Peter's Picks & Tips


What saw blade should I use?
Today's sawblades are remarkable testaments to engineering.  But you don't need to be an engineer to understand the basics and choose the right blade.  Here's a rundown of the essential terms:

--  It goes without saying that Carbide needs to be at the tip of every sawblade you put on a machine.  The days of steel tips are long over. This brings us to the next crucial item.

--The steel plate or body of the blade.  The plate is ground flat and smooth in order to achieve the truest possible cut. Standard blades have thicker plates and provide smoother cuts than comparable thin-kerf blades. However, generally speaking, thin-kerf blades require less horsepower.


 --Saw Blade bodies heat up and expand during cutting.  Slots in the plate help dissipate heat and provide for expansion so that the blade remains flat and cuts true.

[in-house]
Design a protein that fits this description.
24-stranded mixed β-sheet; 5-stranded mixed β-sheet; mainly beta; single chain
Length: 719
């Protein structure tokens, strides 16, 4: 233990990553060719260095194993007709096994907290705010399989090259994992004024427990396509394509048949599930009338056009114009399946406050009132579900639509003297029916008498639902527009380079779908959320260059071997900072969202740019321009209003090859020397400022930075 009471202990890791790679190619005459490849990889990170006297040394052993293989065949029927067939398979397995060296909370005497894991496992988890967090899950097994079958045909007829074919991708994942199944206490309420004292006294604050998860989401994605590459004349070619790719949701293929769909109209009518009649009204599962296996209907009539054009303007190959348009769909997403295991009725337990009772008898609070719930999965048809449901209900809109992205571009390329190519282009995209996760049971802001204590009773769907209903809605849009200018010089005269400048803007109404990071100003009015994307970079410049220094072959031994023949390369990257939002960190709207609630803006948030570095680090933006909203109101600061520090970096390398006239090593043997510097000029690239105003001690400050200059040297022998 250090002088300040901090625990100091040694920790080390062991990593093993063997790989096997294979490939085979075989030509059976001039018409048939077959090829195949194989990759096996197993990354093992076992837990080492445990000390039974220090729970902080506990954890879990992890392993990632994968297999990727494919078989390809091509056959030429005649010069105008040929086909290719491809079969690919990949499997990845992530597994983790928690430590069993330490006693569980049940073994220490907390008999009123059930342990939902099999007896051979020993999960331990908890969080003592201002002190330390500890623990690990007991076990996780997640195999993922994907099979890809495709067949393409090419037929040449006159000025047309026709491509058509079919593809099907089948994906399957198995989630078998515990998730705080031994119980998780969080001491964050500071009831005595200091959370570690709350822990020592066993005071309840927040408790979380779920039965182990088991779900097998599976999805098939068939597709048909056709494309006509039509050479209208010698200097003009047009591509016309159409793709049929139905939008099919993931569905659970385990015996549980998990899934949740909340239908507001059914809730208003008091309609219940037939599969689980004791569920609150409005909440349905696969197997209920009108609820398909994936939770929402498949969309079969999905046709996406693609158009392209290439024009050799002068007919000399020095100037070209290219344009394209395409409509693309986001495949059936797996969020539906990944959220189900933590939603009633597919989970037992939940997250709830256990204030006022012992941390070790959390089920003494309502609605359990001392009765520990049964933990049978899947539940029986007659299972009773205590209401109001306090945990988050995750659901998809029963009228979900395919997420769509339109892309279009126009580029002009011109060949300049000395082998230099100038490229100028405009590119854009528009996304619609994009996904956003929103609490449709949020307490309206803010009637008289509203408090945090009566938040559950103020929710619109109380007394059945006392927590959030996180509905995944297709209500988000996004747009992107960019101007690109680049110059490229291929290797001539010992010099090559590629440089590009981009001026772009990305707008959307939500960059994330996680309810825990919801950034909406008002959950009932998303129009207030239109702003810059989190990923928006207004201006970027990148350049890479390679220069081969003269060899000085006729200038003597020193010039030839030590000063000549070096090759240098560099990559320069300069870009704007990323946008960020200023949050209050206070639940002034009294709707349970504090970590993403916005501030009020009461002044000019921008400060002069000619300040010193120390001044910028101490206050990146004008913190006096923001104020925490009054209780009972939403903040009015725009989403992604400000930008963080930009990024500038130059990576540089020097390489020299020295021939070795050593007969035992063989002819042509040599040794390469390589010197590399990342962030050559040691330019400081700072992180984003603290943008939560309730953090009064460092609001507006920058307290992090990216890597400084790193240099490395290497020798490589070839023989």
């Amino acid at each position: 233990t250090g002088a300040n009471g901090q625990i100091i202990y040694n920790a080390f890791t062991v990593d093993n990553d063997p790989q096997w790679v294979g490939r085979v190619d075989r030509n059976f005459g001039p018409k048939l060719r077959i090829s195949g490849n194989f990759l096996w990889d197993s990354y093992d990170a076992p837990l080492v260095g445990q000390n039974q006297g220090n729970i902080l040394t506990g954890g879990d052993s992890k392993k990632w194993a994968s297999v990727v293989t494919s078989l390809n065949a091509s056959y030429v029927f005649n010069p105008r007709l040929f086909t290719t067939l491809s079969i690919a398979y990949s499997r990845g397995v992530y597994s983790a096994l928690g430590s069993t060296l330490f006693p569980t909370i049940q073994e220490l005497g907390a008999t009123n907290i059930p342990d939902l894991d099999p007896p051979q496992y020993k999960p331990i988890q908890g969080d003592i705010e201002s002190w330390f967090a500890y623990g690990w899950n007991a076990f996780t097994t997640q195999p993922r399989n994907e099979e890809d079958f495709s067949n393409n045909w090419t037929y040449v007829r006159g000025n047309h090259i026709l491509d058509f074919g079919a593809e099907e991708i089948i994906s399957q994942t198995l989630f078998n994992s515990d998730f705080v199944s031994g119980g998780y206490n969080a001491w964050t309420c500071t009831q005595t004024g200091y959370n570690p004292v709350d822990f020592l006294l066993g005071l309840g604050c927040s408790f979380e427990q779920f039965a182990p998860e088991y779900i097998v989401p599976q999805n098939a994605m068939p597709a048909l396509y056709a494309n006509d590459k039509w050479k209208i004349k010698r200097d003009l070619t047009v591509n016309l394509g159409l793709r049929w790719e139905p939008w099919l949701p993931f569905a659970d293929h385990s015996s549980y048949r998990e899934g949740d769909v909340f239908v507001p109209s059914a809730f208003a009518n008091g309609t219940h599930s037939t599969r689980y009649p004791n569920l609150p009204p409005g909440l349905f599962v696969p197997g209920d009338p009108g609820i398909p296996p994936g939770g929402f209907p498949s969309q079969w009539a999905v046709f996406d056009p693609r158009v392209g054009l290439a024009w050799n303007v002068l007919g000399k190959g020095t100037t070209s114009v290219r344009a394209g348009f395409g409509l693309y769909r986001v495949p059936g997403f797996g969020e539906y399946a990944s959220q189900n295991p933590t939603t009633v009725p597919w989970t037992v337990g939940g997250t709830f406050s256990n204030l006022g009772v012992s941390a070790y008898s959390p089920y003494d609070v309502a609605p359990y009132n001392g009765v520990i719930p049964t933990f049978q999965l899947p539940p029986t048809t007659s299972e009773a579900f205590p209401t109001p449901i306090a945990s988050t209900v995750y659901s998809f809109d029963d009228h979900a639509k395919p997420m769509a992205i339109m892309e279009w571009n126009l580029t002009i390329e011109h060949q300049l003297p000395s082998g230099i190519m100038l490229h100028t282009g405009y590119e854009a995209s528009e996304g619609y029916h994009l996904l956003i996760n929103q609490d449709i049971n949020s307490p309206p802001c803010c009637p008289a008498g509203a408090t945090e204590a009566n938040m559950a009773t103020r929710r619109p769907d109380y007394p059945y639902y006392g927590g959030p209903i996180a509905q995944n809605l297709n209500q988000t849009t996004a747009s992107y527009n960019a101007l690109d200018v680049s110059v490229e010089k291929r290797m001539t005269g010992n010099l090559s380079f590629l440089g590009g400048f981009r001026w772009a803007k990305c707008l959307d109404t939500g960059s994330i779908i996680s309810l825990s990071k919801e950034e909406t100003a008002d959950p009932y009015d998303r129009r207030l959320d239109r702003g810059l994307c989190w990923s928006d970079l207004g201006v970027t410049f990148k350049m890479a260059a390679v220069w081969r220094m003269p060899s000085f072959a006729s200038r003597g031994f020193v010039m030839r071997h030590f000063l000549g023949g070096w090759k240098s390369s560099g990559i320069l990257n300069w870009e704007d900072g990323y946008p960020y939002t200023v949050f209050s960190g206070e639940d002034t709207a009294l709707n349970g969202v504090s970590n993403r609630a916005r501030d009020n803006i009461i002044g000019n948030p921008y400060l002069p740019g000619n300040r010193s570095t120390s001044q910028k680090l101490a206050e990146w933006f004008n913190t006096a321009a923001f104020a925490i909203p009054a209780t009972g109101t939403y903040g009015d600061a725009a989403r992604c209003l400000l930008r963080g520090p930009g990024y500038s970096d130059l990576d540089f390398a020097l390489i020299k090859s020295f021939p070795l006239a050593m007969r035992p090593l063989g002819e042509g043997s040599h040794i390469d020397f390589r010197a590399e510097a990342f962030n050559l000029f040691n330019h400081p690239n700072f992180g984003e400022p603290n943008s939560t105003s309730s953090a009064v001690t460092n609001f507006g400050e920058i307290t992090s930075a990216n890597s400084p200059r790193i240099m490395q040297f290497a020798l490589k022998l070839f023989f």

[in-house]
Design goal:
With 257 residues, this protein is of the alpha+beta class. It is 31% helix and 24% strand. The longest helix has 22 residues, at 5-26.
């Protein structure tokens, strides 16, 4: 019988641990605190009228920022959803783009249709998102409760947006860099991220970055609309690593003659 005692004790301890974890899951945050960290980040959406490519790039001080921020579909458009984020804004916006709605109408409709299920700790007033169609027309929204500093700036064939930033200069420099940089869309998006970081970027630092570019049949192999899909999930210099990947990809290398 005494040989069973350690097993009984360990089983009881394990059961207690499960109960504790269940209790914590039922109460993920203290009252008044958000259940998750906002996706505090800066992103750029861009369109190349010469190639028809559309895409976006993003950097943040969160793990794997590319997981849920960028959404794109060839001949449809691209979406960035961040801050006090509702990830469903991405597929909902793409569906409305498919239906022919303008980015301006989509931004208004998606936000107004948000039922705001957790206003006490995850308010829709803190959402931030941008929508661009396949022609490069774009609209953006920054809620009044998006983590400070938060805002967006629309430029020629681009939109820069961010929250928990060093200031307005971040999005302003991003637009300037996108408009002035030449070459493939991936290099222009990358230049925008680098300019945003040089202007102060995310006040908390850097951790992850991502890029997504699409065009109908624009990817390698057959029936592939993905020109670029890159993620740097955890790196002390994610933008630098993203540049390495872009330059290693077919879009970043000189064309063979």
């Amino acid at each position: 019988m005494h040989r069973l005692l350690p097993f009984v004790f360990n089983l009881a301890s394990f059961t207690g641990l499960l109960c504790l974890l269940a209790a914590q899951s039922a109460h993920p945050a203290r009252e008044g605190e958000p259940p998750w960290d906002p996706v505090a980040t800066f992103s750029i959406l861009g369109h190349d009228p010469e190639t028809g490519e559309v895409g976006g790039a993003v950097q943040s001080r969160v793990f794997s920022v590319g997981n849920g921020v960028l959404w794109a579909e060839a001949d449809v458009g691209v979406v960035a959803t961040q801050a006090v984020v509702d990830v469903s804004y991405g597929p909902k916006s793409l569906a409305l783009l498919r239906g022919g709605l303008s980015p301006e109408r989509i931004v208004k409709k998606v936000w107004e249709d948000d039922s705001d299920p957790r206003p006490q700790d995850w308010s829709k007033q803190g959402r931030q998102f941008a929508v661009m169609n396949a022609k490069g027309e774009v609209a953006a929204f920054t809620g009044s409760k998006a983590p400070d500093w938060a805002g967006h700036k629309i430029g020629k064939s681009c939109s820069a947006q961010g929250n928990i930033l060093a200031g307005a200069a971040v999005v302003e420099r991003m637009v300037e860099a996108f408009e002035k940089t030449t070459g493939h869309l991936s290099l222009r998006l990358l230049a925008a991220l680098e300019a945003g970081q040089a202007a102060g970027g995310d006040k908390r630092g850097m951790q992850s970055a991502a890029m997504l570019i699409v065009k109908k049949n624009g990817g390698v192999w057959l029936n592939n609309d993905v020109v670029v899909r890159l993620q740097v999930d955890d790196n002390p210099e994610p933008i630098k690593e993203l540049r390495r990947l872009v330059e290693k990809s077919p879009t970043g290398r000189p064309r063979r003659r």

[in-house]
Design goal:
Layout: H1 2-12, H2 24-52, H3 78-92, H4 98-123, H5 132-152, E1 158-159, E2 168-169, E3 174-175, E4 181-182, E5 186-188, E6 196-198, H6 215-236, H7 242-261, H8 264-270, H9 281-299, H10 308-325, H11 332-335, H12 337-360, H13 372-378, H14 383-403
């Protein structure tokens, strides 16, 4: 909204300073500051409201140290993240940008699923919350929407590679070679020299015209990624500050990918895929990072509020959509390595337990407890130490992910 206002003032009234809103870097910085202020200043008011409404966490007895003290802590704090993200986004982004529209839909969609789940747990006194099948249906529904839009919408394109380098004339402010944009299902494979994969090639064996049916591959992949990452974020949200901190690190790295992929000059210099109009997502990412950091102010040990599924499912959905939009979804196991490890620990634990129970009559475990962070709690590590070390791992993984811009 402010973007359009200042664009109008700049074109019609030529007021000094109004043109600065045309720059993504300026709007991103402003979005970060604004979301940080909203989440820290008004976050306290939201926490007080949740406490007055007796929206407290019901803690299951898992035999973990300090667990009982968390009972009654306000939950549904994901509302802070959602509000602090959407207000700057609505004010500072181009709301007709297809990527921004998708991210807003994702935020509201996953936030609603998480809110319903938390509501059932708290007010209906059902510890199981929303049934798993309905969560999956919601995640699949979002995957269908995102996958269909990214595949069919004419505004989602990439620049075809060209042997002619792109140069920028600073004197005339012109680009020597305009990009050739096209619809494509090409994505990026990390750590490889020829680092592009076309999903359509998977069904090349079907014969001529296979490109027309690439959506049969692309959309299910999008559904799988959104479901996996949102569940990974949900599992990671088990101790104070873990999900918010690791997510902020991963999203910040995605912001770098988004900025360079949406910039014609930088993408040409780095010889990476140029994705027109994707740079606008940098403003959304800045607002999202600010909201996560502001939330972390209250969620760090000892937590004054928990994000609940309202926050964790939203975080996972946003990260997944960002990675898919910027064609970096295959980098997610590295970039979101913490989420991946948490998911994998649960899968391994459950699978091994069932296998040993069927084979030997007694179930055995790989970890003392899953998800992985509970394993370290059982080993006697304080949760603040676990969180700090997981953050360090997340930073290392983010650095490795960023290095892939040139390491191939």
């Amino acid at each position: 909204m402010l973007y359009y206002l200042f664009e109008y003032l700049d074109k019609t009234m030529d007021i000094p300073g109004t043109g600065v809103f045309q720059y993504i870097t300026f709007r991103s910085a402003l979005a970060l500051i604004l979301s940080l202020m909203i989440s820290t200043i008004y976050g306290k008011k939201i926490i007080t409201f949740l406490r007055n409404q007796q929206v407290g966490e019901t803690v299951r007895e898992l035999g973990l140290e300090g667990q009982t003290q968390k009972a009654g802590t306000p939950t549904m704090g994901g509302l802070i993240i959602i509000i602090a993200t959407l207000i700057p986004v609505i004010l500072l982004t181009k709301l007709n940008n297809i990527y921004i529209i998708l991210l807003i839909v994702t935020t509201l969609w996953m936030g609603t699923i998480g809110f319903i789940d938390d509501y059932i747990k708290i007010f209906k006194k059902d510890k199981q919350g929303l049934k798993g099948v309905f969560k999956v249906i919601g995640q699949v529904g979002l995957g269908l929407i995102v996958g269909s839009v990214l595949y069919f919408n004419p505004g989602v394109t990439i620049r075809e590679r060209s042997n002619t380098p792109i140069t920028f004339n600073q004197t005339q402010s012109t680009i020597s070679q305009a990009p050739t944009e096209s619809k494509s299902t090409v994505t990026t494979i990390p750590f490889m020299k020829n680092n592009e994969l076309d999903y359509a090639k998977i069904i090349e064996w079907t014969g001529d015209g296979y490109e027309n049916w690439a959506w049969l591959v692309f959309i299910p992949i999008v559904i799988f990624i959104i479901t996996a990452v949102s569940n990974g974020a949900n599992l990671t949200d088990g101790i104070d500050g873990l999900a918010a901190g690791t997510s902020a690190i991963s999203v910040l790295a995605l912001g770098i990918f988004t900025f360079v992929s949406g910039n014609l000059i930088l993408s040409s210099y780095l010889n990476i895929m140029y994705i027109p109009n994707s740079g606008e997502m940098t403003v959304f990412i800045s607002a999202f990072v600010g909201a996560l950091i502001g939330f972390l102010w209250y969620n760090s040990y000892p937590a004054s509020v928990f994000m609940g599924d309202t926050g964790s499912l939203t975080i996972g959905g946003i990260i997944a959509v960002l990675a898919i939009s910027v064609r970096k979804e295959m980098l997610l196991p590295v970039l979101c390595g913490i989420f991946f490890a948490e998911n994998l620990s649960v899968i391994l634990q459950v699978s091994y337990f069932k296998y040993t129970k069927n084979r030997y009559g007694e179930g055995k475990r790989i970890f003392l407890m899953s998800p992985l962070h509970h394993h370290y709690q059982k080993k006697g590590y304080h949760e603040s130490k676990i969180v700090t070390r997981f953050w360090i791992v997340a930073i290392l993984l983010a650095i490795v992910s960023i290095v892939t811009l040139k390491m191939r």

--The large gullets on rip blades are designed to efficiently pull the sawdust from the kerf. The teeth have a positive rake angle for aggressive cutting. The tops of the teeth are flat or slightly beveled to efficiently remove the sawdust from the kerf.

--Crosscut blades have a high tooth count for a smooth cut across the grain. The top of each tooth is sharply beveled to shear the wood cleanly.

--Radial-arm blades and sliding miter saw blades have a negative tooth angle to help prevent these types of saws from self-feeding.


     There are now more specialty saw blades to choose from than ever before.  Like a lot of woodworkers, I keep a combination blade, such as the FREUD LU    on my tablesaw much of the time.  It effectively rips and crosscuts both solid wood and sheet stock, but not as effectively as a specialty blade.  So when do you save time by leaving on the combo blade and when is it better to switch blades?    If, for example, I'm ripping a large stack of hardwood stock, I switch to a rip blade.  And if I'm ripping boards to be joined together I use the FREUD Glue Line Rip (LU   ).  Ultimately you'll often be more productive by taking a minute to switch blades to the specific job you need it for.